Heroin In Tahiti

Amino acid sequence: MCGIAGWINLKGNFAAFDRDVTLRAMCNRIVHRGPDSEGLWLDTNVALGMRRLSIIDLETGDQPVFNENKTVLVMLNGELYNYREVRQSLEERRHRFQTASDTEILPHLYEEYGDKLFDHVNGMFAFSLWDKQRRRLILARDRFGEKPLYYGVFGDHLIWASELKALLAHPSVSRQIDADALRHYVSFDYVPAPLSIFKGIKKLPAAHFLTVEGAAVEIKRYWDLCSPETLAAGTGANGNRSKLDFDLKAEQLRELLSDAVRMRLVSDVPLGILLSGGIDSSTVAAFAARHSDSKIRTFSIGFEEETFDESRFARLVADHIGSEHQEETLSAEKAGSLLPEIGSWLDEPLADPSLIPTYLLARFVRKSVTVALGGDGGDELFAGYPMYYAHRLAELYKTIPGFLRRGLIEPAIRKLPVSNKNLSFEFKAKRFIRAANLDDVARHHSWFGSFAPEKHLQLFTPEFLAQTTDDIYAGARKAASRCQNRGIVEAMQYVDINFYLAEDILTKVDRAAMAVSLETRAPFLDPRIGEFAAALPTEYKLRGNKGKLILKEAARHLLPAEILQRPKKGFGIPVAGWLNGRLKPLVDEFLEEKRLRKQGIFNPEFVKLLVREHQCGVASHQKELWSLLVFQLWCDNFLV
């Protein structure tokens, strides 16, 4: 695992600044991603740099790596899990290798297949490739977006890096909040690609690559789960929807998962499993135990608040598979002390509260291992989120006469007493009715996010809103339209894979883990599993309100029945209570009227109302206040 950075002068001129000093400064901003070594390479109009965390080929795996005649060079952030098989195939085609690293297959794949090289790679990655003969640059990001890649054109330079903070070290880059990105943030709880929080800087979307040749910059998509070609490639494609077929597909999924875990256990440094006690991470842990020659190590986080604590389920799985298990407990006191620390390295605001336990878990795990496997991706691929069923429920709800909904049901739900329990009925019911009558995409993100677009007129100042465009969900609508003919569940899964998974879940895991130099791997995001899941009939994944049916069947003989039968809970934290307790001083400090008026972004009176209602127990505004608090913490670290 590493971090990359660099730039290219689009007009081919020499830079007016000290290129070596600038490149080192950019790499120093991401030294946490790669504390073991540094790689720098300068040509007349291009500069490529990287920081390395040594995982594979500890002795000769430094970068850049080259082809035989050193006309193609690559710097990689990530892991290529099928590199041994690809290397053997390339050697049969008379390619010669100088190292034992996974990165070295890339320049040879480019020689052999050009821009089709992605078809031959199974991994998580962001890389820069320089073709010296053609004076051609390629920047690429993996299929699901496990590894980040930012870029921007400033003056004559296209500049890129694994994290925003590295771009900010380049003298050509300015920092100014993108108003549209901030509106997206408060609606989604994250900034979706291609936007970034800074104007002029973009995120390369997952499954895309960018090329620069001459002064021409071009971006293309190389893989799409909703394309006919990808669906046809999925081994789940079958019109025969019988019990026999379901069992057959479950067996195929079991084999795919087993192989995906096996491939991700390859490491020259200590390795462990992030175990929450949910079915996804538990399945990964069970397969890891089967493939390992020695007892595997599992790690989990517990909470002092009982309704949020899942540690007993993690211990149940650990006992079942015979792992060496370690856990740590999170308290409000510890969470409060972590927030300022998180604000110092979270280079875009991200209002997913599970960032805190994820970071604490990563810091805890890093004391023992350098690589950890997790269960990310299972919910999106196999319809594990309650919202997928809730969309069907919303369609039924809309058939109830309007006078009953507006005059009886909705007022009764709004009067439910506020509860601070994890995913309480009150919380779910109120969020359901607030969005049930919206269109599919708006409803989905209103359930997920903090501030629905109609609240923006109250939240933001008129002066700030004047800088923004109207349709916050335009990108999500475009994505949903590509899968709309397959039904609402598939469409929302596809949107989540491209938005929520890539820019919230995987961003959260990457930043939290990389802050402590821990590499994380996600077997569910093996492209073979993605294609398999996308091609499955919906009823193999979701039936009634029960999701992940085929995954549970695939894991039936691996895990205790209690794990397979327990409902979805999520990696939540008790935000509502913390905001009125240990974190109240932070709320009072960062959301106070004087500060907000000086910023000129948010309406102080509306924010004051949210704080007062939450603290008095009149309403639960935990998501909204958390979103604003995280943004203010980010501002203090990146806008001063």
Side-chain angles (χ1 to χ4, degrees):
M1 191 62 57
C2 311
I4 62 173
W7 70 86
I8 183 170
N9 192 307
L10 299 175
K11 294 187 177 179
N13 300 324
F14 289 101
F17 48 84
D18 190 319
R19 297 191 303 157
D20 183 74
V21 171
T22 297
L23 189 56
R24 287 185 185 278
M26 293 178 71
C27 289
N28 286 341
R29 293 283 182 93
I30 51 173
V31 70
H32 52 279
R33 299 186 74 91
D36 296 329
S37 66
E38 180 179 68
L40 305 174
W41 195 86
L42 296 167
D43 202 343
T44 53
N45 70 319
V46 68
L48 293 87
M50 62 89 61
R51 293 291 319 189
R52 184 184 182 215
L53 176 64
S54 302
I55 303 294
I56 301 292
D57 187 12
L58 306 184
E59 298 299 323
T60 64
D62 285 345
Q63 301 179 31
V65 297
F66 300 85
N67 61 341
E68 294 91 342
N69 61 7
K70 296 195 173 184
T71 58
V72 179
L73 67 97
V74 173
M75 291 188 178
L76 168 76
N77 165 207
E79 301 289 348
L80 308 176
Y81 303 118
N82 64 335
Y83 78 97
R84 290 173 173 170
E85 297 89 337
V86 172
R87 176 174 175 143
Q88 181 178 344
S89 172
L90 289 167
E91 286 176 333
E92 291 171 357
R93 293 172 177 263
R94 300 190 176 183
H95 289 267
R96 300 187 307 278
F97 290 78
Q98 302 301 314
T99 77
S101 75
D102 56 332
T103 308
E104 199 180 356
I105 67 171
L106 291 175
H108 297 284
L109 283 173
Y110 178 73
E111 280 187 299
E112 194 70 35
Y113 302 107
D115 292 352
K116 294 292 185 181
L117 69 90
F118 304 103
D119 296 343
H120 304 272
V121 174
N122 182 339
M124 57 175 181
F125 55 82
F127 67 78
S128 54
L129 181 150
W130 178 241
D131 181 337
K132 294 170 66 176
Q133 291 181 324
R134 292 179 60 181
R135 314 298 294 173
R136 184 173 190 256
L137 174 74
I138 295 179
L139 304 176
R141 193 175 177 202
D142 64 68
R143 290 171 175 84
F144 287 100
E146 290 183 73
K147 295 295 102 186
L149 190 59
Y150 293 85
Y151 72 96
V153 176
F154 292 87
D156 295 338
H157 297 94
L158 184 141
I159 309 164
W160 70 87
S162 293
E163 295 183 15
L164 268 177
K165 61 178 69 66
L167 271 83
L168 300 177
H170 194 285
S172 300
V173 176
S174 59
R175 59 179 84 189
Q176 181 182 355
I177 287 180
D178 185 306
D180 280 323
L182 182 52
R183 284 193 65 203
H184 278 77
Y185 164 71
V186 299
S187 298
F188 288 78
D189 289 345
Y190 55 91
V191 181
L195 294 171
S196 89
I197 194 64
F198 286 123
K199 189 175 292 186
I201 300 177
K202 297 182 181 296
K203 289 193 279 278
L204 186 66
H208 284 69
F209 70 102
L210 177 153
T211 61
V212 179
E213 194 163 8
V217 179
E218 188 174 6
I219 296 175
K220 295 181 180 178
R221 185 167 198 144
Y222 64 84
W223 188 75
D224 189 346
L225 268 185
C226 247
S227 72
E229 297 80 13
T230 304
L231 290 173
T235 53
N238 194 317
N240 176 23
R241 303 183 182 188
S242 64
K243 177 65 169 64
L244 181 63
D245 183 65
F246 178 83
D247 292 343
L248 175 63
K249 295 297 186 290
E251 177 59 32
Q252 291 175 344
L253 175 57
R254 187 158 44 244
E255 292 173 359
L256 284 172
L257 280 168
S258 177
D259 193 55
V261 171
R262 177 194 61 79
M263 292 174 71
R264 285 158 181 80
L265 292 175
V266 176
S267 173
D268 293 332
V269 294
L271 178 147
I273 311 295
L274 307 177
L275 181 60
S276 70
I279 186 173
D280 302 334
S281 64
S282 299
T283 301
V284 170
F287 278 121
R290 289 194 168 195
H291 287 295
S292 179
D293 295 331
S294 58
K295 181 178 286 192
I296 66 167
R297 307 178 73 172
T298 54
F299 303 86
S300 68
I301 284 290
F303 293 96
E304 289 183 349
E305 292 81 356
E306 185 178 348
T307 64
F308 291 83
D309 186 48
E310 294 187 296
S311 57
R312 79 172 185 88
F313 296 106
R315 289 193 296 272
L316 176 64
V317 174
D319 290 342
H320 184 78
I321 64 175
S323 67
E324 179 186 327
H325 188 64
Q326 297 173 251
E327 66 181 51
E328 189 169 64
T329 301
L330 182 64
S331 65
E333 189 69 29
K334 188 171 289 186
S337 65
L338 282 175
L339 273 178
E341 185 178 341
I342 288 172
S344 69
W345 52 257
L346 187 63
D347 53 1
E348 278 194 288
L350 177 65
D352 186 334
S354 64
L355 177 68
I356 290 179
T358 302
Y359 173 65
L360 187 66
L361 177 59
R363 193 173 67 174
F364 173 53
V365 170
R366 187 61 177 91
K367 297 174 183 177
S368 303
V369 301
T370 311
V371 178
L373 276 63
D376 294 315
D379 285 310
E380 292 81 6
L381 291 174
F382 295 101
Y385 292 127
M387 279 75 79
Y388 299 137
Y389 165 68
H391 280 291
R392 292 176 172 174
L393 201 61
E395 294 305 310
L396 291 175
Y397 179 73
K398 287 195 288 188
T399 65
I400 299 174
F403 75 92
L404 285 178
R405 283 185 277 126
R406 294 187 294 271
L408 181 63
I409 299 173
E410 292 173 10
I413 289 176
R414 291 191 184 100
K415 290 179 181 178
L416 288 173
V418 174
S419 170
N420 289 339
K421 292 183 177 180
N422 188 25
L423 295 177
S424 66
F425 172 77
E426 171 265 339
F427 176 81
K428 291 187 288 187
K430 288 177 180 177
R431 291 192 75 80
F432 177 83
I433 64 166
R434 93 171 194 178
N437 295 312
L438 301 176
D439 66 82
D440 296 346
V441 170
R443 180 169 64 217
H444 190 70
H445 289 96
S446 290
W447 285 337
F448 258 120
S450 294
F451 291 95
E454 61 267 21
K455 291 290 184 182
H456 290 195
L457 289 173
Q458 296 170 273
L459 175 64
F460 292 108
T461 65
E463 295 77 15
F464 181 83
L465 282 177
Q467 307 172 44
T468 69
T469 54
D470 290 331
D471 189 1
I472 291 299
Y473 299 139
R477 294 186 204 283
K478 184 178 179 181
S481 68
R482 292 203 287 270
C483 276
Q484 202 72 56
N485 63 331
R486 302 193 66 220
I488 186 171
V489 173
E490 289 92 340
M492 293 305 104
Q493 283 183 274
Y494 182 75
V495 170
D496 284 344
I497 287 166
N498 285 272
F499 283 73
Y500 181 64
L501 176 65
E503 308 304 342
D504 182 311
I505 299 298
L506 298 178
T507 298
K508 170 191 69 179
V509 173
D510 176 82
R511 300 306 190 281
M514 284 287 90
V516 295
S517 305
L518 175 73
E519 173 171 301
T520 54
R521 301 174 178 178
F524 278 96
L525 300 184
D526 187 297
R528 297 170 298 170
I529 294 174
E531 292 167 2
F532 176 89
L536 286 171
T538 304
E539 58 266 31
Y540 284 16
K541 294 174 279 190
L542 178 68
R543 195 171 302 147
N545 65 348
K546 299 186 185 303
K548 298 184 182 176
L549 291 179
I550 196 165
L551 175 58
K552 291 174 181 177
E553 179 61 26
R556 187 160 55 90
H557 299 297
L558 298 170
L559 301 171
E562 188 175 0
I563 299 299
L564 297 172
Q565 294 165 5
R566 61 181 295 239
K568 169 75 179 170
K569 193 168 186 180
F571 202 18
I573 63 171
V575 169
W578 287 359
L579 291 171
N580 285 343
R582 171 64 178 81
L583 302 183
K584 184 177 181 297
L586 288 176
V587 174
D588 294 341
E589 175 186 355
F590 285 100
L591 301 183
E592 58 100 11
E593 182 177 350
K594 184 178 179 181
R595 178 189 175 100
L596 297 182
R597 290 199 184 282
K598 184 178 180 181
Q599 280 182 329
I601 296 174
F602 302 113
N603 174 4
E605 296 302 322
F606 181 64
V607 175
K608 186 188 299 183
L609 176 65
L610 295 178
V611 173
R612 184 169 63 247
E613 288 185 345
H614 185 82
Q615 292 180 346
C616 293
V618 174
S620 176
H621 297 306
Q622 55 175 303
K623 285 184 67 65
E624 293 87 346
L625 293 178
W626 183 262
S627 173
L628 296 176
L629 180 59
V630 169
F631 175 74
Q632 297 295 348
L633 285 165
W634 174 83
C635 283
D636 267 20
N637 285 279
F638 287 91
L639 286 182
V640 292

Haven't been keeping up on my Boring Machine titles and this one slipped away, only to find some heavy relevance with me once the wind turned bitter and the skies greyer. This Italian duo has a way with repurposing the Spaghetti Western for a new and bleaker age. On Sun and Violence the spectral rush of voices seep up from the soil to meet the listener from the outset and from there the record tumbles headlong through Middle Eastern markets at a depth that would make Sun City Girls blush. The record is all atmosphere, foreboding and menacing one minute, and utterly hopeless the next. There's not a lot of room for cracks of sunlight to enter the oubliette that Francesco de Figueiredo and Valerio Mattioli have created, and when it does enter, as on the less claustrophobic "Black Market," it somehow only seems like the eye of the storm. There are moments riddled with the heat of percussion, but truly they never sound like drums of dance, but rather drums of war. There's an element that will appeal to fans of Goat and the aforementioned Sun City Girls but where the former hot glue mysticism to the haze of psychedelic fry, Heroin in Tahiti choose to let the tension melt your face rather than the amps. A great listen for those that spend a lot of time on the edge of your chair.
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